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ExploraTour - Looking at the World in a Different Light - Windows to the Universe

ExploraTour - Looking at the World in a Different Light


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This is a volcano on the island of Miyake in Japan. It has erupted, sending hot lava and ash into the air, a total of ten times. The time after one eruption until the next occurred was about twenty years in each case.

In 1983, black smoke came pouring out of Mt. Jinan and hot lava flowed down its side. The people on the island were very worried that Mt. Oyama, which is much larger, might also be preparing to erupt.

Remember that when an object is hot it gives off a special kind of light called infrared radiation. The infrared radiation, given off by the two mountains, was measured from space.

Engineers made a 3-D image of the mountain and laid the ground surface temperature map on top of it. This map indicates the temperature of a given region by its color. The legend that tells which temperature corresponds to each color is at the bottom of the image. For example, the pink areas are the hottest, the browns and yellows and greens are much cooler. You can clearly see the hot lava flows in pink. The people of the island were releaved to see that Mt. Oyama was cool. It was not going to erupt.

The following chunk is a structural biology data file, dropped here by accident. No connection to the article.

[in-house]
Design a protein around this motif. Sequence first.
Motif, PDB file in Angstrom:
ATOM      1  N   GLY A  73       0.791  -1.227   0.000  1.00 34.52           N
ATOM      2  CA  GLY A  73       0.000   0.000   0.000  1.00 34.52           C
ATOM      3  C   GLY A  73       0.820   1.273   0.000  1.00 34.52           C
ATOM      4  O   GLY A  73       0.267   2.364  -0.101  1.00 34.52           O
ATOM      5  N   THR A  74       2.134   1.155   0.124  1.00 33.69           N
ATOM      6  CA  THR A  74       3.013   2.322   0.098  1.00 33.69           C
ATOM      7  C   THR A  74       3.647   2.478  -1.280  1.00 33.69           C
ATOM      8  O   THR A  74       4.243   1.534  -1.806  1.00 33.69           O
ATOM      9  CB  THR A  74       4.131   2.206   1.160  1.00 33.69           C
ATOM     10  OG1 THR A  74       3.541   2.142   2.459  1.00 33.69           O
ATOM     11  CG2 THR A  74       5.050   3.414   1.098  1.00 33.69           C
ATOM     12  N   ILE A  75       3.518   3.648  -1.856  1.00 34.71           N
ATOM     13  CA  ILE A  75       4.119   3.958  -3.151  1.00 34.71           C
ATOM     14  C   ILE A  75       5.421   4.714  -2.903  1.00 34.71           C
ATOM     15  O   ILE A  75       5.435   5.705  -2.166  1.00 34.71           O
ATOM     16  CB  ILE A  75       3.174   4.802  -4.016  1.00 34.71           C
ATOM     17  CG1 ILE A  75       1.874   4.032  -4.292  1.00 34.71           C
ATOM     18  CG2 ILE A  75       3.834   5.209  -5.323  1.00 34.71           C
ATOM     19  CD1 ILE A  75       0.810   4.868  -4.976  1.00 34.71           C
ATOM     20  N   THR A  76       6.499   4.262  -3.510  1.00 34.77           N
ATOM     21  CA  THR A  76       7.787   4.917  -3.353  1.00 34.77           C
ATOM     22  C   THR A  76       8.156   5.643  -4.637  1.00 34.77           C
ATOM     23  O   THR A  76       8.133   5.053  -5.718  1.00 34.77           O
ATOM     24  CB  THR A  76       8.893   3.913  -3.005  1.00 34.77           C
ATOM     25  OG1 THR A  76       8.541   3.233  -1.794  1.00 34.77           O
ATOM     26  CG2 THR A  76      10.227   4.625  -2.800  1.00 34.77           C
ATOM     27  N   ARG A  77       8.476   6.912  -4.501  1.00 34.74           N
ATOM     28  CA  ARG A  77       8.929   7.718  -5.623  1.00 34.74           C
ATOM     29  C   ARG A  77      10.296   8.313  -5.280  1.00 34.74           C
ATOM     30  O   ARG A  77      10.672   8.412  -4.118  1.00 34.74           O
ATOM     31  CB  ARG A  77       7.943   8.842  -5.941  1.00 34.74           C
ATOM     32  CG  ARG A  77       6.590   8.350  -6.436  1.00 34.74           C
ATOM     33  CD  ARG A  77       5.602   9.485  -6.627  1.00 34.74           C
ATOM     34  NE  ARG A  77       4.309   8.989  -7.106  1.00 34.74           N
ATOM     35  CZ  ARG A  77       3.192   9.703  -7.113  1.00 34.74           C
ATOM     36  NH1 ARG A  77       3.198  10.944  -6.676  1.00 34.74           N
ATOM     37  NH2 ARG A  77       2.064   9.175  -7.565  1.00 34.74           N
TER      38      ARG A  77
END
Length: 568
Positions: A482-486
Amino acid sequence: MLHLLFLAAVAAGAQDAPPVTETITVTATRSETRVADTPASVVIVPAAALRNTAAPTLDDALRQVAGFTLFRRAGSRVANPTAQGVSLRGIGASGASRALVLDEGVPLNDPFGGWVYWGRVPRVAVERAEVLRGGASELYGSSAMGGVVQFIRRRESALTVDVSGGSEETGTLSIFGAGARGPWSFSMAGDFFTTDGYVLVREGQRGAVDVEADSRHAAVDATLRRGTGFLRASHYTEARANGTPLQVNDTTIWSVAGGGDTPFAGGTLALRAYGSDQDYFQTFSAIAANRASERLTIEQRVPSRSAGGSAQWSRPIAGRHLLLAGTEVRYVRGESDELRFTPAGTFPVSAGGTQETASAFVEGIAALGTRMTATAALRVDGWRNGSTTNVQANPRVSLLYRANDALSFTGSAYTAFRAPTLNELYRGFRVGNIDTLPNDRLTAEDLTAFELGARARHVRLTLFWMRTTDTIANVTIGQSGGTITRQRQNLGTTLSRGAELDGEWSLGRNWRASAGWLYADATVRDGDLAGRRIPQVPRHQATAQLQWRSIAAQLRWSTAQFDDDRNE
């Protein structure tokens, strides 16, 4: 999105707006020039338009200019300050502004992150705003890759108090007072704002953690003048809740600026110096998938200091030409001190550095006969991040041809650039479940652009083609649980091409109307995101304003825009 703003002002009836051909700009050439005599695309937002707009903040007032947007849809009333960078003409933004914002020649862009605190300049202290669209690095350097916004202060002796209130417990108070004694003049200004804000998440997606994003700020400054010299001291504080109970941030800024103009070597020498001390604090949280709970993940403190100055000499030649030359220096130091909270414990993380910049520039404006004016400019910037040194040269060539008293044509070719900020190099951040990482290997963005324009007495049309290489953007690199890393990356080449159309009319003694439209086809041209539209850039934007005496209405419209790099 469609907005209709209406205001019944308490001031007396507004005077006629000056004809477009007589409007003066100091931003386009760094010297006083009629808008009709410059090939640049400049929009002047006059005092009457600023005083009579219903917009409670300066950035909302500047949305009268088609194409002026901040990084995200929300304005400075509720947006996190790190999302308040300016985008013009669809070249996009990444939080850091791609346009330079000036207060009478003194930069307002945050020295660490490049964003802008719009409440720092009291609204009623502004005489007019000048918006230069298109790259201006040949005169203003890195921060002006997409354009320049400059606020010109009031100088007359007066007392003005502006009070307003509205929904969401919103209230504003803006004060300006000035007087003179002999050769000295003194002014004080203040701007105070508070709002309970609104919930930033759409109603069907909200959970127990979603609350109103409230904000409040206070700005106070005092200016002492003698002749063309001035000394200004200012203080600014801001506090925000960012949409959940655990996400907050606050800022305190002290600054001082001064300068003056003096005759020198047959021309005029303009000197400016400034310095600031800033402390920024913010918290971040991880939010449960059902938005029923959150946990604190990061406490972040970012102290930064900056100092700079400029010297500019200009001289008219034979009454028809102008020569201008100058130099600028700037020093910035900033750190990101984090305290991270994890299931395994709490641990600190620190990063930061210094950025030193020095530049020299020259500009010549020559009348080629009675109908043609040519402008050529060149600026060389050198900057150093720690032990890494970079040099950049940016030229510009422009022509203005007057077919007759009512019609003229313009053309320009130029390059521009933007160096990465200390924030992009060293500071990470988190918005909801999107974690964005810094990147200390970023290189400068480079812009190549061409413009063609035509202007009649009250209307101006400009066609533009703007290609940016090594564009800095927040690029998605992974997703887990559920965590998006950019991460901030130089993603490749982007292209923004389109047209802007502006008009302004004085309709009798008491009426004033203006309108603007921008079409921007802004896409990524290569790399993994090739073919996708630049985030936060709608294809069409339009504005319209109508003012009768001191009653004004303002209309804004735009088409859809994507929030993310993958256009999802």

In this case, looking at the mountain in infrared was very important in deciding how to deal with a potentially dangerous situation and keep people safe.


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ExploraTour - Looking at the World in a Different Light

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Windows to the Universe, a project of the National Earth Science Teachers Association, is sponsored in part by the National Science Foundation and NASA, our Founding Partners (the American Geophysical Union and American Geosciences Institute) as well as through Institutional, Contributing, and Affiliate Partners, individual memberships and generous donors. Thank you for your support! NASA AGU AGI NSF